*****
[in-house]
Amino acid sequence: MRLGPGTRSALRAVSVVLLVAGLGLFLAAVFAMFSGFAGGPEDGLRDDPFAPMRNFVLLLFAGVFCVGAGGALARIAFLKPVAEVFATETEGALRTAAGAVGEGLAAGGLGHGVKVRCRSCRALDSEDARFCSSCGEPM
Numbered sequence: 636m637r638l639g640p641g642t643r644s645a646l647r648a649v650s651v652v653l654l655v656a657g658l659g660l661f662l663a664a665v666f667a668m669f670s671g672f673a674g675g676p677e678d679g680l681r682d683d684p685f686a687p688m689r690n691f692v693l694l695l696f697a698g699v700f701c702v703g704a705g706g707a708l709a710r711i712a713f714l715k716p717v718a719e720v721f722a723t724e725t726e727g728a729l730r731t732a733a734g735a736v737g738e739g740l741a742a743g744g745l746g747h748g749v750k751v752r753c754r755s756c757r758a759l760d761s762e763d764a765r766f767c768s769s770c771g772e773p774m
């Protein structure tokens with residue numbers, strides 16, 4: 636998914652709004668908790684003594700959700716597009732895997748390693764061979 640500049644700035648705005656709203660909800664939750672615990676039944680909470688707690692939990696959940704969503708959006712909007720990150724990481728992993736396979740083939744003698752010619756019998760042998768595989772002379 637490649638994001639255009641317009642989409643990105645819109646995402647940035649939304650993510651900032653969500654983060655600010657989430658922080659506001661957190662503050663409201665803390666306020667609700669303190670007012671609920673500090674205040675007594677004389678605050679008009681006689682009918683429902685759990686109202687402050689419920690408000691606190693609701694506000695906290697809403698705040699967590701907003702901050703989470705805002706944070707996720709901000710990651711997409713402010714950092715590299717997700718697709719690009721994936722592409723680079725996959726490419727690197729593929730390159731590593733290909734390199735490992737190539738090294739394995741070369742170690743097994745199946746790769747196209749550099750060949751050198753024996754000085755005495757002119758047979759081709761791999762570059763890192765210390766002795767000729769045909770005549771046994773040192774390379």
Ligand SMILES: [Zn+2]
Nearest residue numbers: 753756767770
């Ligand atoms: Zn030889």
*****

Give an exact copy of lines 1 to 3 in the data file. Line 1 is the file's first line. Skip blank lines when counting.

[in-house]
Amino acid sequence: MRLGPGTRSALRAVSVVLLVAGLGLFLAAVFAMFSGFAGGPEDGLRDDPFAPMRNFVLLLFAGVFCVGAGGALARIAFLKPVAEVFATETEGALRTAAGAVGEGLAAGGLGHGVKVRCRSCRALDSEDARFCSSCGEPM
Numbered sequence: 636m637r638l639g640p641g642t643r644s645a646l647r648a649v650s651v652v653l654l655v656a657g658l659g660l661f662l663a664a665v666f667a668m669f670s671g672f673a674g675g676p677e678d679g680l681r682d683d684p685f686a687p688m689r690n691f692v693l694l695l696f697a698g699v700f701c702v703g704a705g706g707a708l709a710r711i712a713f714l715k716p717v718a719e720v721f722a723t724e725t726e727g728a729l730r731t732a733a734g735a736v737g738e739g740l741a742a743g744g745l746g747h748g749v750k751v752r753c754r755s756c757r758a759l760d761s762e763d764a765r766f767c768s769s770c771g772e773p774m